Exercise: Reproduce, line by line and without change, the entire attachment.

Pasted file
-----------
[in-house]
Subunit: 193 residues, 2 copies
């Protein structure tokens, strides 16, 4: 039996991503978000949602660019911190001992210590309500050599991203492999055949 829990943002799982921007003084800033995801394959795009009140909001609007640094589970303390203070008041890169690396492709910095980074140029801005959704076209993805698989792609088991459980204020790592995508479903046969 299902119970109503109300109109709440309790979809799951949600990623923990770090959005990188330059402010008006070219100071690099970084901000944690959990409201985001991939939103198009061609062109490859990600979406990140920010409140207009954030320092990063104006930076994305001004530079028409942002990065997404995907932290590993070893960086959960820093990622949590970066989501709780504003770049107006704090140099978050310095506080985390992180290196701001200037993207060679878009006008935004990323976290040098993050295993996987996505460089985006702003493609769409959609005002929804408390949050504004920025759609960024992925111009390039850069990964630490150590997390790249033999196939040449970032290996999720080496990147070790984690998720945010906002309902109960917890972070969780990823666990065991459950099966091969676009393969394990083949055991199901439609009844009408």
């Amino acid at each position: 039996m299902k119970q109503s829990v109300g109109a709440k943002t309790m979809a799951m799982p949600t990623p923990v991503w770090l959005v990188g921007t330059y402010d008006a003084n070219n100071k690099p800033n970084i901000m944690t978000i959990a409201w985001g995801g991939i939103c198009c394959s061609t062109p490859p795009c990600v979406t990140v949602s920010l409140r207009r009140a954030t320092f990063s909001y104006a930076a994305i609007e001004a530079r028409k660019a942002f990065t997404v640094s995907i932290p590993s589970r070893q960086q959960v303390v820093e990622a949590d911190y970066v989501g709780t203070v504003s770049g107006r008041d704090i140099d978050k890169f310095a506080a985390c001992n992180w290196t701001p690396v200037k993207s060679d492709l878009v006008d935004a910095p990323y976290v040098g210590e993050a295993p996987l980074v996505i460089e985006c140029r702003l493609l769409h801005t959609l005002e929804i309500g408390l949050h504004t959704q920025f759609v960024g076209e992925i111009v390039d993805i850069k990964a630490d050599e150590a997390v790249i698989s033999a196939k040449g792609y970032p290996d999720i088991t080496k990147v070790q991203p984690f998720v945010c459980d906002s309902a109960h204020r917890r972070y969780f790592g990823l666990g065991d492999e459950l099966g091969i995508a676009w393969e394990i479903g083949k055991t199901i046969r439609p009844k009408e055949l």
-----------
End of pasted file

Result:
[in-house]
Subunit: 193 residues, 2 copies
């Protein structure tokens, strides 16, 4: 039996991503978000949602660019911190001992210590309500050599991203492999055949 829990943002799982921007003084800033995801394959795009009140909001609007640094589970303390203070008041890169690396492709910095980074140029801005959704076209993805698989792609088991459980204020790592995508479903046969 299902119970109503109300109109709440309790979809799951949600990623923990770090959005990188330059402010008006070219100071690099970084901000944690959990409201985001991939939103198009061609062109490859990600979406990140920010409140207009954030320092990063104006930076994305001004530079028409942002990065997404995907932290590993070893960086959960820093990622949590970066989501709780504003770049107006704090140099978050310095506080985390992180290196701001200037993207060679878009006008935004990323976290040098993050295993996987996505460089985006702003493609769409959609005002929804408390949050504004920025759609960024992925111009390039850069990964630490150590997390790249033999196939040449970032290996999720080496990147070790984690998720945010906002309902109960917890972070969780990823666990065991459950099966091969676009393969394990083949055991199901439609009844009408």
């Amino acid at each position: 039996m299902k119970q109503s829990v109300g109109a709440k943002t309790m979809a799951m799982p949600t990623p923990v991503w770090l959005v990188g921007t330059y402010d008006a003084n070219n100071k690099p800033n970084i901000m944690t978000i959990a409201w985001g995801g991939i939103c198009c394959s061609t062109p490859p795009c990600v979406t990140v949602s920010l409140r207009r009140a954030t320092f990063s909001y104006a930076a994305i609007e001004a530079r028409k660019a942002f990065t997404v640094s995907i932290p590993s589970r070893q960086q959960v303390v820093e990622a949590d911190y970066v989501g709780t203070v504003s770049g107006r008041d704090i140099d978050k890169f310095a506080a985390c001992n992180w290196t701001p690396v200037k993207s060679d492709l878009v006008d935004a910095p990323y976290v040098g210590e993050a295993p996987l980074v996505i460089e985006c140029r702003l493609l769409h801005t959609l005002e929804i309500g408390l949050h504004t959704q920025f759609v960024g076209e992925i111009v390039d993805i850069k990964a630490d050599e150590a997390v790249i698989s033999a196939k040449g792609y970032p290996d999720i088991t080496k990147v070790q991203p984690f998720v945010c459980d906002s309902a109960h204020r917890r972070y969780f790592g990823l666990g065991d492999e459950l099966g091969i995508a676009w393969e394990i479903g083949k055991t199901i046969r439609p009844k009408e055949l």